More than 90 years have passed since the tragic events of the Famine of 1921-1922. The dreadful deaths of thousands hardworking, righteous farmers, their spouses, children, grandchildren and their elderly parents murdered by the Bolsheviks’ policy is still a shock for every honest and intelligent Ukrainian.
A deep study of the famine’s reasons and its bitter consequences for Ukraine and Ukrainian people is of great importance today, due to the need for consolidating the nation and forming a civil society.
Thus, the National Museum “The Memorial in Commemoration of Famines’ Victims in Ukraine” in assistance with the State branch archive of the Security Service of Ukraine have arranged the following exhibition, being the first attempt of a complete and profound reflection of events of the 1920s, a collection of various documents and exhibits. The peculiarity of this exhibition is the combination of documents and agricultural tools, art works and sculptures creating a full and exhaustive overview of the past.
The “Famine of 1921-1922: Reasons and Consequences” exhibition consists of three parts. It includes archive materials and documents extracts of the information boards, information posters and a film. The selected materials explain the whole idea of the social and economic policy of the Soviet government in the early 1920s –from the “Red Terror” and procurement and up to the “New Economic Policy” and the agricultural tax in kind. In the meantime, they show the role of military units in pushing down national resistance in Ukrainian countryside and products confiscation processes. The following documents reveal the cynicism of the press writing about “fighting starvation” in the Volga region and demonstratively keeping silence about the humanitarian catastrophe in the Ukrainian SSR, as if the higher officials knew nothing about it.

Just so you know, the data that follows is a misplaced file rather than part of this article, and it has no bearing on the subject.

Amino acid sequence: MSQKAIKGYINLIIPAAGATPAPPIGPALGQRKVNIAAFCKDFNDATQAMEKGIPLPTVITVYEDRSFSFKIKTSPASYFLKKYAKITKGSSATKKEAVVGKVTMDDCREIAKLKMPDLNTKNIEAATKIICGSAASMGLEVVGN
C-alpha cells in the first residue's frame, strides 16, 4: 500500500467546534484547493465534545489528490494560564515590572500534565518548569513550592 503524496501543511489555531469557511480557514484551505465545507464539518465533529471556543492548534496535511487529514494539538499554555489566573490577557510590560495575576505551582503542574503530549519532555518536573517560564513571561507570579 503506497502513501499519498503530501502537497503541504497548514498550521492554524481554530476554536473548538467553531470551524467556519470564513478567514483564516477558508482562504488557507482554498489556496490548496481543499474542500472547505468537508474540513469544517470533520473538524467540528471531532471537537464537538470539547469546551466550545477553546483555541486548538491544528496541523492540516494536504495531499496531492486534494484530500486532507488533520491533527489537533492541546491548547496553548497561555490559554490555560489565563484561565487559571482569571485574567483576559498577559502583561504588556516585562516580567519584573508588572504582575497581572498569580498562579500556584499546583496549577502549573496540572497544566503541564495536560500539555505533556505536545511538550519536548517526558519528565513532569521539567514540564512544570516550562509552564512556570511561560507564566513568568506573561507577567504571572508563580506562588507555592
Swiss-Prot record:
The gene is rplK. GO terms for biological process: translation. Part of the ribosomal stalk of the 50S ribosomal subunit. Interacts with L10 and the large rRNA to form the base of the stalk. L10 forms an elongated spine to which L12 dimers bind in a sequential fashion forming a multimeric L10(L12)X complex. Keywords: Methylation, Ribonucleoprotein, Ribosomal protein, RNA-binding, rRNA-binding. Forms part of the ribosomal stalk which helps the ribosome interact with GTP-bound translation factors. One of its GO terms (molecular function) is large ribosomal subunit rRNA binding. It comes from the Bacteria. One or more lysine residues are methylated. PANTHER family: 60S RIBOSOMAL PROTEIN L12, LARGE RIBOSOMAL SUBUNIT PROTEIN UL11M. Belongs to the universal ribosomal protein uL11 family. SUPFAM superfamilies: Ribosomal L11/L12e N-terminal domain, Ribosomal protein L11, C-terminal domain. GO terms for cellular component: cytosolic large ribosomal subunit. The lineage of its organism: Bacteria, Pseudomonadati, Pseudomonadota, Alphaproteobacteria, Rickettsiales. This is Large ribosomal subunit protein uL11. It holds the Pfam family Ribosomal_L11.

Special attention should be paid to the archive materials revealing the Secret Services operative reports – information overviews, agents’ messages, statistics illustrating the process of oppressing the national liberation movement in Ukraine, ruining the natural course of things – the so-called “dekulakizations” meaning robbing well-to-do farmers, deporting them to distant regions and depriving them of their rights to vote. An important part of the exhibition is dedicated to the ways and methods of sending humanitarian aid to the starving ones from different organizations and individuals – mainly from other countries.
The exhibition will be accessible for the visitors in the Memory Hall of the Museum from February 20th till April 15th, 2013.